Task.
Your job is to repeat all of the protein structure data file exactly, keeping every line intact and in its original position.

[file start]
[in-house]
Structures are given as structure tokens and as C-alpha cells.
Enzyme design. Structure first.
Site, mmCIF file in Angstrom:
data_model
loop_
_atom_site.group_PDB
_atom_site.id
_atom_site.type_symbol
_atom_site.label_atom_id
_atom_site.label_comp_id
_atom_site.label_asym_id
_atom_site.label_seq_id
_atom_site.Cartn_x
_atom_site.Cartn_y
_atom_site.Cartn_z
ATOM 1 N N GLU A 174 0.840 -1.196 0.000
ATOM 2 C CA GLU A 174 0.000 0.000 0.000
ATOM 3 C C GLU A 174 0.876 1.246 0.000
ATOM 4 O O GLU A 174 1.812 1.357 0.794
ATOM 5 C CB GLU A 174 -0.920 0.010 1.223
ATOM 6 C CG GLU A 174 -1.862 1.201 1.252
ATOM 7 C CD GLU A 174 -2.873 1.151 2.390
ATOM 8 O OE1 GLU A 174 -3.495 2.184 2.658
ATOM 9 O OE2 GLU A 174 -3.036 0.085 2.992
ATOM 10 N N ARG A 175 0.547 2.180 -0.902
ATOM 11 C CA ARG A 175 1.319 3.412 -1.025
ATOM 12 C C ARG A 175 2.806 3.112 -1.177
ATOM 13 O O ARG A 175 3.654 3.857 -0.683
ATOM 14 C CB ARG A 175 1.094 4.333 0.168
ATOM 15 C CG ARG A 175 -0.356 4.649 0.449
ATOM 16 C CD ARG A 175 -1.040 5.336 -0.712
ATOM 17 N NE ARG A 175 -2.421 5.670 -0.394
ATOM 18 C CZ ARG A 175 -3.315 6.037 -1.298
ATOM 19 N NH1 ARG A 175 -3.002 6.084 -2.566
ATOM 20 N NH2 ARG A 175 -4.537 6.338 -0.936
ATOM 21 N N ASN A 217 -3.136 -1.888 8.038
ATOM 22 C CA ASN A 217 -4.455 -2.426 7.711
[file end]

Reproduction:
[in-house]
Structures are given as structure tokens and as C-alpha cells.
Enzyme design. Structure first.
Site, mmCIF file in Angstrom:
data_model
loop_
_atom_site.group_PDB
_atom_site.id
_atom_site.type_symbol
_atom_site.label_atom_id
_atom_site.label_comp_id
_atom_site.label_asym_id
_atom_site.label_seq_id
_atom_site.Cartn_x
_atom_site.Cartn_y
_atom_site.Cartn_z
ATOM 1 N N GLU A 174 0.840 -1.196 0.000
ATOM 2 C CA GLU A 174 0.000 0.000 0.000
ATOM 3 C C GLU A 174 0.876 1.246 0.000
ATOM 4 O O GLU A 174 1.812 1.357 0.794
ATOM 5 C CB GLU A 174 -0.920 0.010 1.223
ATOM 6 C CG GLU A 174 -1.862 1.201 1.252
ATOM 7 C CD GLU A 174 -2.873 1.151 2.390
ATOM 8 O OE1 GLU A 174 -3.495 2.184 2.658
ATOM 9 O OE2 GLU A 174 -3.036 0.085 2.992
ATOM 10 N N ARG A 175 0.547 2.180 -0.902
ATOM 11 C CA ARG A 175 1.319 3.412 -1.025
ATOM 12 C C ARG A 175 2.806 3.112 -1.177
ATOM 13 O O ARG A 175 3.654 3.857 -0.683
ATOM 14 C CB ARG A 175 1.094 4.333 0.168
ATOM 15 C CG ARG A 175 -0.356 4.649 0.449
ATOM 16 C CD ARG A 175 -1.040 5.336 -0.712
ATOM 17 N NE ARG A 175 -2.421 5.670 -0.394
ATOM 18 C CZ ARG A 175 -3.315 6.037 -1.298
ATOM 19 N NH1 ARG A 175 -3.002 6.084 -2.566
ATOM 20 N NH2 ARG A 175 -4.537 6.338 -0.936
ATOM 21 N N ASN A 217 -3.136 -1.888 8.038
ATOM 22 C CA ASN A 217 -4.455 -2.426 7.711